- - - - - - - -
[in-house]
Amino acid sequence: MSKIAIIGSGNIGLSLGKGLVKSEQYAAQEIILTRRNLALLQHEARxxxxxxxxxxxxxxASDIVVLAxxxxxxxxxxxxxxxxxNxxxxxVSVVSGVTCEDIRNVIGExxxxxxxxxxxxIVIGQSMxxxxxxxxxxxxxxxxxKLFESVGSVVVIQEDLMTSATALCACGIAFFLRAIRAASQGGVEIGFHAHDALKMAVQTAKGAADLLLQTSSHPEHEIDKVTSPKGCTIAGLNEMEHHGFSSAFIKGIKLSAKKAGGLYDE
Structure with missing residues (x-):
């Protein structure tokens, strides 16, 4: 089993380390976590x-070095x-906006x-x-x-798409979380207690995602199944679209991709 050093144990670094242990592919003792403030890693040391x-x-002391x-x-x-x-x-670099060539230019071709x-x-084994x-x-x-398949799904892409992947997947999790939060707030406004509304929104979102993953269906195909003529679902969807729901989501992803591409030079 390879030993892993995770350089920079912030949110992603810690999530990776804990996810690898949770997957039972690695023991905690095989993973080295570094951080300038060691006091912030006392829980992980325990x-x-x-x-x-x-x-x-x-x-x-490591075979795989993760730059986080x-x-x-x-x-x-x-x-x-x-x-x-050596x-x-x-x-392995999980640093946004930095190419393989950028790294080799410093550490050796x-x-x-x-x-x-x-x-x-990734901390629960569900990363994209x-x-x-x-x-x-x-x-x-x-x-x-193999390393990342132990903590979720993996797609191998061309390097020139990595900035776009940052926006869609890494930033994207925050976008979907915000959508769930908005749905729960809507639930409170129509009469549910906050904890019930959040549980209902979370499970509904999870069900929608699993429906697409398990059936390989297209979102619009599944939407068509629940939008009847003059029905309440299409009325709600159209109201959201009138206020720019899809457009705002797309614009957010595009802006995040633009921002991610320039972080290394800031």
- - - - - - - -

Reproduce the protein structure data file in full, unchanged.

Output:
[in-house]
Amino acid sequence: MSKIAIIGSGNIGLSLGKGLVKSEQYAAQEIILTRRNLALLQHEARxxxxxxxxxxxxxxASDIVVLAxxxxxxxxxxxxxxxxxNxxxxxVSVVSGVTCEDIRNVIGExxxxxxxxxxxxIVIGQSMxxxxxxxxxxxxxxxxxKLFESVGSVVVIQEDLMTSATALCACGIAFFLRAIRAASQGGVEIGFHAHDALKMAVQTAKGAADLLLQTSSHPEHEIDKVTSPKGCTIAGLNEMEHHGFSSAFIKGIKLSAKKAGGLYDE
Structure with missing residues (x-):
């Protein structure tokens, strides 16, 4: 089993380390976590x-070095x-906006x-x-x-798409979380207690995602199944679209991709 050093144990670094242990592919003792403030890693040391x-x-002391x-x-x-x-x-670099060539230019071709x-x-084994x-x-x-398949799904892409992947997947999790939060707030406004509304929104979102993953269906195909003529679902969807729901989501992803591409030079 390879030993892993995770350089920079912030949110992603810690999530990776804990996810690898949770997957039972690695023991905690095989993973080295570094951080300038060691006091912030006392829980992980325990x-x-x-x-x-x-x-x-x-x-x-490591075979795989993760730059986080x-x-x-x-x-x-x-x-x-x-x-x-050596x-x-x-x-392995999980640093946004930095190419393989950028790294080799410093550490050796x-x-x-x-x-x-x-x-x-990734901390629960569900990363994209x-x-x-x-x-x-x-x-x-x-x-x-193999390393990342132990903590979720993996797609191998061309390097020139990595900035776009940052926006869609890494930033994207925050976008979907915000959508769930908005749905729960809507639930409170129509009469549910906050904890019930959040549980209902979370499970509904999870069900929608699993429906697409398990059936390989297209979102619009599944939407068509629940939008009847003059029905309440299409009325709600159209109201959201009138206020720019899809457009705002797309614009957010595009802006995040633009921002991610320039972080290394800031």